This edition of The Voice concentrates on our urban environment. If we are unable to protect what we have in our environment, it is disastrous for us all.
I hope that bringing these messages to you makes us all better informed. For example, there are numerous poisons readily available for our gardens and parks, but there are better solutions for garden management.
I therefore urge you to make a better choice.
If you value having someone campaign on your behalf to protect the environment and having access to useful articles about gardening and local environmental matters, please make a donation to help us with the cost of maintaining The East London Garden Society.
The campaigns we are working on in 2021 are significant for all gardeners, whether practical or philosophical.
The Great Eastern Parks Route is a way to produce a nature walk whilst utilising redundant rail viaducts from Hackney to Newham.
The Bethnal Green Mulberry Tree - Tower Hamlets Council have awarded planning permission to Crest Nicholson which has resulted in the felling of eleven protected trees, twenty-seven mature trees, plus the planned uprooting of the iconic 500-year-old Bethnal Green Mulberry Tree.
Should the authorities succeed in developing this conservation area, it will forever be under stress whilst not knowing how many of the other trees (approximately 100) will survive.
Most notably we are involved with The Limehouse Triangle which was once a nature reserve. However, against all of Tower Hamlets’ policies the land has been reduced to waste by felling eighteen trees in order to develop the area for housing.
All of us need to be aware that when we lose our urban environment we all lose out and it cannot be regained. This is why we all need to continue our campaigning.
The image shows the one remaining tree that Tower Hamlets Council forgot to fell at The Limehouse Triangle.
Just as we humans are comprised of many parts which function together allowing us to do wondrous things, the anatomy of a tree is just as wondrous, empowering them with superhero qualities.
A tree has the ability to provide an essential of life for all living things on our planet; oxygen, and the power to remove harmful gases like carbon dioxide making the air we breathe healthier.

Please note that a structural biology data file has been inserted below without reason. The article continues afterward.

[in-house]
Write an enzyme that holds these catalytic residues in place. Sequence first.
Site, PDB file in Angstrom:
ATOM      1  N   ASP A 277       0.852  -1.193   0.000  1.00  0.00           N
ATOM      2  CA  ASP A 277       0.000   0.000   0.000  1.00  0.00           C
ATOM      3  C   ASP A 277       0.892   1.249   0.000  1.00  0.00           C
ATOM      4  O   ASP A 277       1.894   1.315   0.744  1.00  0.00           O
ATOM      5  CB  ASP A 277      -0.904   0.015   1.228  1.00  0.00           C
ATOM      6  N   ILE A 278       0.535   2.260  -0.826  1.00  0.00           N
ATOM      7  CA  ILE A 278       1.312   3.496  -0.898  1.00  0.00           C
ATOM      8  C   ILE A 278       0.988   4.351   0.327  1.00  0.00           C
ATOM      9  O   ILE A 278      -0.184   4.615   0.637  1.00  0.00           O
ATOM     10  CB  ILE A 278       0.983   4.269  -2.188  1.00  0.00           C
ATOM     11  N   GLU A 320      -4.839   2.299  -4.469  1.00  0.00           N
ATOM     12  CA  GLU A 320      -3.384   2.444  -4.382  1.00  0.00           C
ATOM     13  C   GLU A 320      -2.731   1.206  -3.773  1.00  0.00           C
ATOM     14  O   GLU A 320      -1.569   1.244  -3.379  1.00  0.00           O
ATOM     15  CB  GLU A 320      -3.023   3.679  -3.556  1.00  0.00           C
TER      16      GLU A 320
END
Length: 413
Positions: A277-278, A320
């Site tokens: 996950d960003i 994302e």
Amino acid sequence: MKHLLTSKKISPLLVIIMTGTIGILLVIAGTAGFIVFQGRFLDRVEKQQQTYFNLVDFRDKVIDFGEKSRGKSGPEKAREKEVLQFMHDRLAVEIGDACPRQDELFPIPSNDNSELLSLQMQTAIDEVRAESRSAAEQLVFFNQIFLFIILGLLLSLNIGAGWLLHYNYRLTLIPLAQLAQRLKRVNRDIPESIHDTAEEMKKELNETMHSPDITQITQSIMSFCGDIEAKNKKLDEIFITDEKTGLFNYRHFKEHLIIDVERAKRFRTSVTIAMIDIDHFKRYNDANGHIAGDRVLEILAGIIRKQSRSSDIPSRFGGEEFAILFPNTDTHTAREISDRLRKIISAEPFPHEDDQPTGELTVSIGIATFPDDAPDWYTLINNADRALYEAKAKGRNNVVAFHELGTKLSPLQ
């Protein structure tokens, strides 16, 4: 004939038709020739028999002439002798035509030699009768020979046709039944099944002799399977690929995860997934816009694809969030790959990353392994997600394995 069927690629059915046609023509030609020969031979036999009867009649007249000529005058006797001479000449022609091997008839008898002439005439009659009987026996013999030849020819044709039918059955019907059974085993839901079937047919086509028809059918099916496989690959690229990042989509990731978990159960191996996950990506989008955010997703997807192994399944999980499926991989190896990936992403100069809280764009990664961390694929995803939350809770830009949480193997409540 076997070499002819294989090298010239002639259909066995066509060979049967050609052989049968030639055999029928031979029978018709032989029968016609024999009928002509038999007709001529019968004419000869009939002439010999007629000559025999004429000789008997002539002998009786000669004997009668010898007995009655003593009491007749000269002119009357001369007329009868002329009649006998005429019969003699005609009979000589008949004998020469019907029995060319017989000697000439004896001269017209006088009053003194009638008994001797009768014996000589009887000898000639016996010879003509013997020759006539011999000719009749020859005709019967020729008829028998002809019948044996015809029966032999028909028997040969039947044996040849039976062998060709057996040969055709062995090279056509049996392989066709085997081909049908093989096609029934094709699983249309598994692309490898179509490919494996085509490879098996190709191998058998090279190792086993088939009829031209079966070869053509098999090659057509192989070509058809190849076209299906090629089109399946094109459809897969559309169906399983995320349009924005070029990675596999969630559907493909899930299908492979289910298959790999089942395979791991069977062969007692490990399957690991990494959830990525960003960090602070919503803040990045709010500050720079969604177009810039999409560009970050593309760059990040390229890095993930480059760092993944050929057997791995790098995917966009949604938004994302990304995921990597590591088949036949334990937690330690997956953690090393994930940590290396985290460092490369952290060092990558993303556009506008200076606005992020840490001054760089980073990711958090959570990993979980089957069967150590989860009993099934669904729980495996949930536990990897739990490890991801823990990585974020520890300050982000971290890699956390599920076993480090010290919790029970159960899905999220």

To keep it simple, a tree is comprised of its leaves, stems, trunk and its roots. When you look at a tree, note that about five percent of the tree is comprised of its leaves, fifteen percent its stems, sixty percent goes into its trunk and twenty percent is devoted to its roots.
Here is the superhero part. Through a process called photosynthesis, leaves pull in carbon dioxide and water and use the energy of the sun to convert this into chemical compounds such as sugars that feed the tree.
But as a by-product of that chemical reaction oxygen is produced and released by the tree. It is estimated that one large tree can provide a day’s supply of oxygen for up to four people.
Trees also store carbon dioxide in their fibres helping to clean the air and reduce the negative effects that this CO2 could have had on our environment. According to the Arbor Day Foundation, in one year a mature tree will absorb more than 48 pounds of carbon dioxide from the atmosphere and release oxygen in exchange.
So, the next time you take a deep breath of air give credit to a tree or hug a tree in thanks for what it gives us; the very air we breathe.
A 2019 survey of 2,000 people in the US crowned corn the new favourite vegetable, with an approval rating of 91%. Onions followed not far behind with an approval rating of 87%, making it among the top five favourite vegetables.
Many experts believe that the first onions appeared in Central Asia. Most agree the vegetable has been cultivated for nearly 5,000 years and might be one of the first cultivated crops since they are easy to grow and transport, and have a long shelf life.
Recently there has been a spate of political activity with the creation of Low Traffic Neighbourhoods (LTNs).
Most have been imposed upon the residents, but once completed the areas will become greener with plants, bringing extra life to the neighbourhood.
The East London Garden Society is not concerned with the rights or wrongs of the political message but we hold the view that if you are going to do something which improves the environment by means of planting, the advice of experts should be sought.
In urban areas, we are all aware of the poor state of our air quality which is desperately in need of attention. Therefore, any improvement is welcome but these images show what happens when expert advice is not taken.
A Silver Birch should never be planted in a planter. One planter has been used by some people as a rubbish bin, the other shows poor landscaping.
A local authority should have the wisdom and finance to create a better vision, so why not do it well.
Although this is Tower Hamlets, we are sure that it is not the only urban area which could use some expertise.
The government has given the green light for bee-killing pesticides to be used in the UK.
Sign this petition now to ban these deadly chemicals and save our bees.